Taiwan Virus

 Virus Name:  Taiwan 
 Aliases:     Taiwan 2, Taiwan-B, Doom I, Doom I-B 
 V Status:    Endangered 
 Discovered:  January, 1990 
 Symptoms:    .COM growth; 8th day of any month corrupts boot, FAT, 
              & Master boot sectors 
 Origin:      Taiwan 
 Eff Length:  743 Bytes 
 Type Code:   PNCK - Parasitic Non-Resident .COM Infector 
 Detection Method:  ViruScan, F-Prot, NAV, AVTK, Sweep, IBMAV, 
                    NAVDX, VAlert, PCScan, ChAV, 
                    NShld, LProt, Sweep/N, Innoc, NProt, AVTK/N, 
                    NAV/N, IBMAV/N 
 Removal Instructions:  F-Prot, NAV, or delete infected files 
 General Comments: 
       The Taiwan virus was first isolated in January, 1990 in Taiwan, 
       R.O.C.  This virus infects .COM files, including COMMAND.COM, and 
       does not install itself into system memory. 
       Each time a program infected with the Taiwan virus is executed, the 
       virus will attempt to infect up to three .COM files.  The current 
       default directory is not first infected, instead the virus will 
       start its search for candidate files in the C: drive root 
       directory.  Once an uninfected .COM file is located, the virus 
       infects the file by copying the viral code to the first 743 bytes 
       of the file, the original first 743 bytes of the file is relocated 
       to the end of the .COM file.  A bug exists in this virus, if the 
       uninfected .COM file is less than 743 bytes in length, the 
       resulting infected .COM file will always be 1,486 bytes in length. 
       This effect is due to the virus not checking to see if it read less 
       than 743 bytes of the original file before infecting it. 
       The Taiwan virus is destructive.  On the 8th day of any month, when 
       an infected program is run the virus will perform an absolute disk 
       write for 160 sectors starting at logical sector 0 on the C: and D: 
       drives.  In effect, this logical write will result in the FATs and 
       root directory being overwritten. 
       Known variant(s) of Taiwan are: 
       Doom I: The variant of Taiwan that is between Taiwan-B and 
               Taiwan, Doom I adds 752 bytes to infected files with no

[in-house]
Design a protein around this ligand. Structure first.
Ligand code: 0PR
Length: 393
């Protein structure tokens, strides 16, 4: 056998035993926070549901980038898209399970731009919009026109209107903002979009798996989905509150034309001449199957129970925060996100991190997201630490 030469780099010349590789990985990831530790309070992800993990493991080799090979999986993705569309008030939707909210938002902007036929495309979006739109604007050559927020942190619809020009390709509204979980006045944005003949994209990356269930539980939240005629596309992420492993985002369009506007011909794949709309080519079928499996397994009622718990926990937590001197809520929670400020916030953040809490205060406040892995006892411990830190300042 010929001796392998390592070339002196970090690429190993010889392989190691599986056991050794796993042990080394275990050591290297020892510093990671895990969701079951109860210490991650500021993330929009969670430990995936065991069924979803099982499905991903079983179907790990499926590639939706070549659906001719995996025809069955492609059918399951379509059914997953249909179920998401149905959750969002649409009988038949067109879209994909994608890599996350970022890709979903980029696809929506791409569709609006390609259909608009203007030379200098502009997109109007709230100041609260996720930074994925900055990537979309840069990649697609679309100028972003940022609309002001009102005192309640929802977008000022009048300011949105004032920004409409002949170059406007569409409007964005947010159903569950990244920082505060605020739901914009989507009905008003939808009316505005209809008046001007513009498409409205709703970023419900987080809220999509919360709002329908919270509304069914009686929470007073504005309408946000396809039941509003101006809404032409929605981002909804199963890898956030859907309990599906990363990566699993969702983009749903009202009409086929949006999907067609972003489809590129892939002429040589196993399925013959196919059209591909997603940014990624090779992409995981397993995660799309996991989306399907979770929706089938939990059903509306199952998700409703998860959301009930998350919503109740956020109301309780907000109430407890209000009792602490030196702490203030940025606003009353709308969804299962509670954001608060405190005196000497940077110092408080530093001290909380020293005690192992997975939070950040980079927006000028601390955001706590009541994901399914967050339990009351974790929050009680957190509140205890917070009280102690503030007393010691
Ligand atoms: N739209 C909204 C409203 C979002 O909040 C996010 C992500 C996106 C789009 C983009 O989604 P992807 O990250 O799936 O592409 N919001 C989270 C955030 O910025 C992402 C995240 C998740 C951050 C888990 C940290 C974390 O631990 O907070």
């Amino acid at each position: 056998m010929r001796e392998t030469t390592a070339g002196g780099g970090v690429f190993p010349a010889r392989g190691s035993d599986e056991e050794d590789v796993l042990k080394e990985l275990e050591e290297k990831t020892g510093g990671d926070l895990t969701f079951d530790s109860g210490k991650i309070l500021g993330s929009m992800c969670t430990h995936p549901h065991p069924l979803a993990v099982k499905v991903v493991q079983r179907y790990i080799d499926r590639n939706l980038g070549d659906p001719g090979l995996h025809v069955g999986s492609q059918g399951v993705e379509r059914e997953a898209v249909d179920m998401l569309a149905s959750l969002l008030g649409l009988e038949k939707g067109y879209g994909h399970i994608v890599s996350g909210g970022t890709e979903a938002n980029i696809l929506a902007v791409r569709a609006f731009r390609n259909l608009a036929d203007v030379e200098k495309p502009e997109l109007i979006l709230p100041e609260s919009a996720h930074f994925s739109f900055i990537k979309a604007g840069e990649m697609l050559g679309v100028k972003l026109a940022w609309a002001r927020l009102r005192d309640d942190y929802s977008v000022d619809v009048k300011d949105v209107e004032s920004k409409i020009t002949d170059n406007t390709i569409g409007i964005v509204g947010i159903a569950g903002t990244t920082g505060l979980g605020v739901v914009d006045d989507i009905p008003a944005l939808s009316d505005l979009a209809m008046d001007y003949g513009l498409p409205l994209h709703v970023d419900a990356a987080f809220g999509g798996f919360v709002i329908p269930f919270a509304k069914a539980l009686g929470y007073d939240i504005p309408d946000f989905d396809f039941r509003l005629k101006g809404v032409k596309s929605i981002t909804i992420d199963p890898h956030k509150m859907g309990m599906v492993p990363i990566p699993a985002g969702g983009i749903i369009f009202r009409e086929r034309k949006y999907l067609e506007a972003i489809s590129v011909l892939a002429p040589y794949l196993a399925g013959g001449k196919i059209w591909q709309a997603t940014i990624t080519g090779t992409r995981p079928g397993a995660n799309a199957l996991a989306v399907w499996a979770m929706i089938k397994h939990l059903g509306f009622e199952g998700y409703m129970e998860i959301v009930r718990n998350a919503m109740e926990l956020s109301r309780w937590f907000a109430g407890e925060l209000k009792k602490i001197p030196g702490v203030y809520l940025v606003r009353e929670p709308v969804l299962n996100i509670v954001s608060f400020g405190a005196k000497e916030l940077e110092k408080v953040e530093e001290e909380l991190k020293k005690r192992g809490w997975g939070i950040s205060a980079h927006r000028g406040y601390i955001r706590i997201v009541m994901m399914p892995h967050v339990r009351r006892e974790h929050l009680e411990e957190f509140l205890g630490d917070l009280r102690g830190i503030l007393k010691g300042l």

change in the file's date and time in the DOS disk 
               directory.  Doom I will infect four .COM files on the C: 
               drive when an infected program is executed.  It does not 
               reset the current drive and directory after infecting the 
               files, so if the user was not currently using the C: drive 
               as the current drive, they may notice the change.  Due to 
               a bug in the virus, when Doom I infects programs smaller 
               than 752 bytes, the infected program's length will become 
               1,488 bytes. 
      Doom I-B: Doom I-B is a later version of the Taiwan virus, and 
                increases the size of infected files by 677 bytes.  It 
                will infect three .COM files located on the C: drive 
                when an infected program is executed.  The current drive 
                and directory will be properly reset to the drive and 
                directory the user was currently located in once the 
                infection process is complete.  Unlike other variants of 
                Taiwan, this variant will not infect programs smaller 
                than itself. 
      Taiwan-B: Apparently an earlier version of the Taiwan virus, this 
                variant will hang the system when infected files are 
                executed, but after it has infected another file using 
                the selection mechanism indicated for the Taiwan virus. 

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